On June 26, 2013, the U.S. Supreme Court issued a 5-4 decision declaring Section 3 of DOMA to be unconstitutional.[11] Edith Windsor declared, "Robbie Kaplan said, as Martin Luther King said before her, there is no wrong time to seek justice."[12] Subsequent to Windsor, the Supreme Court ruling in Obergefell v. Hodges (2015) struck down all remaining state and federal laws against same-sex marriage across the United States. Kaplan wrote about United States v. Windsor in the book Then Comes Marriage.[1]

Awards and recognition[edit]

  • Forty Most Influential Lawyers under Forty, National Law Journal (2005)[13]
  • 100 Most Influential Lawyers, Above The Law (2013)[14]
  • Litigator of the Year, American Lawyer (2013)[15]
  • National Public Service Award, Stanford University (2013)[16]
  • Honorary Doctorate, Johns Hopkins University (2014)[17]
  • Lifetime Achievement Award, New York Law Journal (2015)[18]

Personal life[edit]

In September 2005, Kaplan married her partner, lawyer and Democratic Party activist Rachel Lavine, in Toronto, Canada. The couple live in New York City with their son.[19]

She is active in her synagogue and is co-chair of the board of the Gay Men's Health Crisis.[20]


  1. ^ a b Kaplan, Roberta A., with Lisa Dickey (2015). Then Comes Marriage: United States V. Windsor and the Defeat of DOMA. New York: W.W. Norton. ISBN 9780393248678. 
  2. ^ "Proof vs. Prejudice" (PDF). NYU Review of Law & Social Change. 37. Retrieved 2014-08-16. 
  3. ^ "Roberta A. Kaplan | Adjunct Faculty | Columbia Law School". 1961-11-09. Retrieved 2014-07-18. 
  4. ^ "Roberta Kaplan, Champion of DOMA Fight, Leaves Paul Weiss to Start New Firm". Litigation Daily. Retrieved 2017-07-07.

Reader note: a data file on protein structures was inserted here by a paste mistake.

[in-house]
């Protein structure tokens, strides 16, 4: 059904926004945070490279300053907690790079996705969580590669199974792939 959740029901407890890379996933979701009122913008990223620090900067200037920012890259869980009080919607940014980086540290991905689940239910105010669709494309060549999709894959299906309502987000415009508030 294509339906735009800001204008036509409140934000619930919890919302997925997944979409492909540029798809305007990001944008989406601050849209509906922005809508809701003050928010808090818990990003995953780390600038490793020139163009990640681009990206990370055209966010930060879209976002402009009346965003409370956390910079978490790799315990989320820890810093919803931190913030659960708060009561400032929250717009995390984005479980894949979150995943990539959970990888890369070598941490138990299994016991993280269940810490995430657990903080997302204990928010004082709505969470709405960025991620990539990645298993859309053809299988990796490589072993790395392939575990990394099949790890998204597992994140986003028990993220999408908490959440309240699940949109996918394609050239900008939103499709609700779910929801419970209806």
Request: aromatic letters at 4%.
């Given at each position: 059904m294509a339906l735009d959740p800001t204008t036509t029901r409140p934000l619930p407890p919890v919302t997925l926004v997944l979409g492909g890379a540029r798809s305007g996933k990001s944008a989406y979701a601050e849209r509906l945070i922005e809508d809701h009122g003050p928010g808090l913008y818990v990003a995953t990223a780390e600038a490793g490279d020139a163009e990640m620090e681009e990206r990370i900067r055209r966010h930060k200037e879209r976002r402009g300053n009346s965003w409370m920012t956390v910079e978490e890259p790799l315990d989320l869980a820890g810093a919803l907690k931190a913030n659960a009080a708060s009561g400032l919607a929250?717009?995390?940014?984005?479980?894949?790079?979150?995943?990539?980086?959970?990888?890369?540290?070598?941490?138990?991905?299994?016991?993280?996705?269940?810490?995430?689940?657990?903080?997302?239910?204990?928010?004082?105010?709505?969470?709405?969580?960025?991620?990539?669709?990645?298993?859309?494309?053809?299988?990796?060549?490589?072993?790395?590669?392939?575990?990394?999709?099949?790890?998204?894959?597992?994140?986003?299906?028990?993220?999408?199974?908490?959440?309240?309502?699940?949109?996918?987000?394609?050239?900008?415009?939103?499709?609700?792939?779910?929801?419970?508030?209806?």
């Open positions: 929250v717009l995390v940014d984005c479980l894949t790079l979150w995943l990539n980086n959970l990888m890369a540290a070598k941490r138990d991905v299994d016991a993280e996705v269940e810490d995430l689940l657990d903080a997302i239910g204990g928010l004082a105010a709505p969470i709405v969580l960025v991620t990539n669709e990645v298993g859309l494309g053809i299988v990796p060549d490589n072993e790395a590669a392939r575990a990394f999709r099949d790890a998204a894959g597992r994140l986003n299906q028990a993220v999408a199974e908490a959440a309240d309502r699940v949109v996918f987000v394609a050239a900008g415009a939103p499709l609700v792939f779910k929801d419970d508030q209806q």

5. ^ Gray, Eliza (2013-12-11). "Runner-Up: Edith Windsor The Unlikely Activist". Time. Retrieved 2014-07-18. 
  6. ^ Levy, Ariel. "Ariel Levy: How Edith Windsor Won a Landmark Case for Gay Marriage". The New Yorker. Retrieved 2014-07-18. 
  7. ^ Jim, Dwyer (June 7, 2012). "She Waited 40 Years to Marry, Then When Her Wife Died, the Tax Bill Came". New York Times. Retrieved 21 October 2017. 
  8. ^ Applebome, Peter (December 10, 2012). "Reveling in Her Supreme Court Moment". The New York Times. Retrieved April 27, 2014.
  9. ^ Hartocollis, Anemona (July 7, 2006). "New York Judges Reject Any Right to Gay Marriage". New York Times. Retrieved 21 October 2017. 
  10. ^ "Key Moments From the Hearing on the Defense of Marriage Act". New York Times. March 27, 2013. Retrieved 21 October 2017. 
  11. ^ Liptak, Adam (June 26, 2013). "Supreme Court Bolsters Gay Marriage With Two Major Rulings". New York Times. Retrieved 21 October 2017. 
  12. ^ "Robbie Kaplan on Rachel Maddow 6/26". YouTube. Retrieved 2014-08-06. 
  13. ^ "Roberta Kaplan, 38". National Law Journal. 2005-05-09. Retrieved 2014-08-16. 
  14. ^ "Above the Law's 2013 Lawyer of the Year Competition". Retrieved 2014-07-18. 
  15. ^ "Litigator of the Year: Roberta Kaplan". The American Lawyer. 2014-01-02. Retrieved 2014-07-18. 
  16. ^ "2013 Recipients | Stanford Law School". 2013-10-29. Retrieved 2014-08-06. 
  17. ^ Rector, Kevin (May 22, 2014). "DOMA plaintiff, attorney receive honorary degrees, applause at Hopkins commencement". Baltimore Sun. Retrieved 2014-08-06. 
  18. ^ Baker, Rebecca. "Lifetime Achievement: Roberta Kaplan". New York Law Journal. Retrieved 21 October 2017. 
  19. ^ Wolfe, Anna. "'Justice, Justice, Thou Shalt Pursue': The JFP Interview with Roberta Kaplan". 
  20. ^ Hoffman, Allison (March 24, 2013). "Gay Marriage's Legal Crusader". Tablet Magazine. Retrieved 2014-08-16. 

Further reading[edit]

Roberta A. Kaplan, with Lisa Dickey. Then Comes Marriage: United States V. Windsor and the Defeat of DOMA. New York: W. W. Norton, 2015. ISBN 9780393248678

External links[edit]